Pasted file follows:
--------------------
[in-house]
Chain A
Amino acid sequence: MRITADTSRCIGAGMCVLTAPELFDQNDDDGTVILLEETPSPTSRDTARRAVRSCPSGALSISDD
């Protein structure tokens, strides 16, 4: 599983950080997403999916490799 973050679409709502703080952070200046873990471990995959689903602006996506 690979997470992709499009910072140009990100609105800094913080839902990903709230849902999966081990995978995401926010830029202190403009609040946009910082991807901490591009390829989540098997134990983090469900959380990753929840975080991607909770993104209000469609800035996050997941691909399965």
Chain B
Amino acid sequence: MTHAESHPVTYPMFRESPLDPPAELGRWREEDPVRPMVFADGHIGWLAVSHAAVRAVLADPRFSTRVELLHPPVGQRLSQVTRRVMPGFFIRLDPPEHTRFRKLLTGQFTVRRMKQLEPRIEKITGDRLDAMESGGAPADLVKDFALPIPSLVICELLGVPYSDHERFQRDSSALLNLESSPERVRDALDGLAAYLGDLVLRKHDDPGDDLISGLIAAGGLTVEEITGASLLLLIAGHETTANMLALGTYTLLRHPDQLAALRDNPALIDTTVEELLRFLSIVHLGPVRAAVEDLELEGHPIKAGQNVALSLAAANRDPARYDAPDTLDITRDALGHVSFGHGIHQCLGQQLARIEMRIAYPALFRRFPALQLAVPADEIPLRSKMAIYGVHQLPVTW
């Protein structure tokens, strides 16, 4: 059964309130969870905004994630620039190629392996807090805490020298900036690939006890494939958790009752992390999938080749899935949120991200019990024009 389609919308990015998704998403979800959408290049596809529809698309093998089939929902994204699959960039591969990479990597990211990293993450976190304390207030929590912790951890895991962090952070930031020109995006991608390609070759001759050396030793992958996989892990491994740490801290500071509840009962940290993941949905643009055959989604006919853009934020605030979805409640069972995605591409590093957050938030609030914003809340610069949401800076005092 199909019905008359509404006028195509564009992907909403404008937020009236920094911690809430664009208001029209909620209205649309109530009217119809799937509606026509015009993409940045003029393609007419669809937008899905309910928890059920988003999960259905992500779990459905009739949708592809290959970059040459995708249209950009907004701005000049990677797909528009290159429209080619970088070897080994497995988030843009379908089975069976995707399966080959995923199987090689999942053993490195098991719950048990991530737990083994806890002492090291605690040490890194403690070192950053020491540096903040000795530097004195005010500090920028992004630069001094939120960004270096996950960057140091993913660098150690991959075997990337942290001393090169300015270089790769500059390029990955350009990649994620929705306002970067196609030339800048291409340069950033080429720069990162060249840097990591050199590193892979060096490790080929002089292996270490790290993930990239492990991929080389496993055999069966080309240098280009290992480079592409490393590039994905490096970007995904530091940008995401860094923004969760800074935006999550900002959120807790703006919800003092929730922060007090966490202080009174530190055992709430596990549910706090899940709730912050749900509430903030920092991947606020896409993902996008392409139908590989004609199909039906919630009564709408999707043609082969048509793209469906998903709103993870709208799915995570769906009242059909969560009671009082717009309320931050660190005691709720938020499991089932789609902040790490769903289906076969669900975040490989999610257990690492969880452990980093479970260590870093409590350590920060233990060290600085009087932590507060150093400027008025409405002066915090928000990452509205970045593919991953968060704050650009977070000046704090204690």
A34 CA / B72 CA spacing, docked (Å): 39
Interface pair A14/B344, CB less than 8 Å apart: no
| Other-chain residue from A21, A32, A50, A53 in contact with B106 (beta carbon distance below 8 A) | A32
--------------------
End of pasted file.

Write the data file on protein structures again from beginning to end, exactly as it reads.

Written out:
[in-house]
Chain A
Amino acid sequence: MRITADTSRCIGAGMCVLTAPELFDQNDDDGTVILLEETPSPTSRDTARRAVRSCPSGALSISDD
């Protein structure tokens, strides 16, 4: 599983950080997403999916490799 973050679409709502703080952070200046873990471990995959689903602006996506 690979997470992709499009910072140009990100609105800094913080839902990903709230849902999966081990995978995401926010830029202190403009609040946009910082991807901490591009390829989540098997134990983090469900959380990753929840975080991607909770993104209000469609800035996050997941691909399965």
Chain B
Amino acid sequence: MTHAESHPVTYPMFRESPLDPPAELGRWREEDPVRPMVFADGHIGWLAVSHAAVRAVLADPRFSTRVELLHPPVGQRLSQVTRRVMPGFFIRLDPPEHTRFRKLLTGQFTVRRMKQLEPRIEKITGDRLDAMESGGAPADLVKDFALPIPSLVICELLGVPYSDHERFQRDSSALLNLESSPERVRDALDGLAAYLGDLVLRKHDDPGDDLISGLIAAGGLTVEEITGASLLLLIAGHETTANMLALGTYTLLRHPDQLAALRDNPALIDTTVEELLRFLSIVHLGPVRAAVEDLELEGHPIKAGQNVALSLAAANRDPARYDAPDTLDITRDALGHVSFGHGIHQCLGQQLARIEMRIAYPALFRRFPALQLAVPADEIPLRSKMAIYGVHQLPVTW
């Protein structure tokens, strides 16, 4: 059964309130969870905004994630620039190629392996807090805490020298900036690939006890494939958790009752992390999938080749899935949120991200019990024009 389609919308990015998704998403979800959408290049596809529809698309093998089939929902994204699959960039591969990479990597990211990293993450976190304390207030929590912790951890895991962090952070930031020109995006991608390609070759001759050396030793992958996989892990491994740490801290500071509840009962940290993941949905643009055959989604006919853009934020605030979805409640069972995605591409590093957050938030609030914003809340610069949401800076005092 199909019905008359509404006028195509564009992907909403404008937020009236920094911690809430664009208001029209909620209205649309109530009217119809799937509606026509015009993409940045003029393609007419669809937008899905309910928890059920988003999960259905992500779990459905009739949708592809290959970059040459995708249209950009907004701005000049990677797909528009290159429209080619970088070897080994497995988030843009379908089975069976995707399966080959995923199987090689999942053993490195098991719950048990991530737990083994806890002492090291605690040490890194403690070192950053020491540096903040000795530097004195005010500090920028992004630069001094939120960004270096996950960057140091993913660098150690991959075997990337942290001393090169300015270089790769500059390029990955350009990649994620929705306002970067196609030339800048291409340069950033080429720069990162060249840097990591050199590193892979060096490790080929002089292996270490790290993930990239492990991929080389496993055999069966080309240098280009290992480079592409490393590039994905490096970007995904530091940008995401860094923004969760800074935006999550900002959120807790703006919800003092929730922060007090966490202080009174530190055992709430596990549910706090899940709730912050749900509430903030920092991947606020896409993902996008392409139908590989004609199909039906919630009564709408999707043609082969048509793209469906998903709103993870709208799915995570769906009242059909969560009671009082717009309320931050660190005691709720938020499991089932789609902040790490769903289906076969669900975040490989999610257990690492969880452990980093479970260590870093409590350590920060233990060290600085009087932590507060150093400027008025409405002066915090928000990452509205970045593919991953968060704050650009977070000046704090204690």
A34 CA / B72 CA spacing, docked (Å): 39
Interface pair A14/B344, CB less than 8 Å apart: no
| Other-chain residue from A21, A32, A50, A53 in contact with B106 (beta carbon distance below 8 A) | A32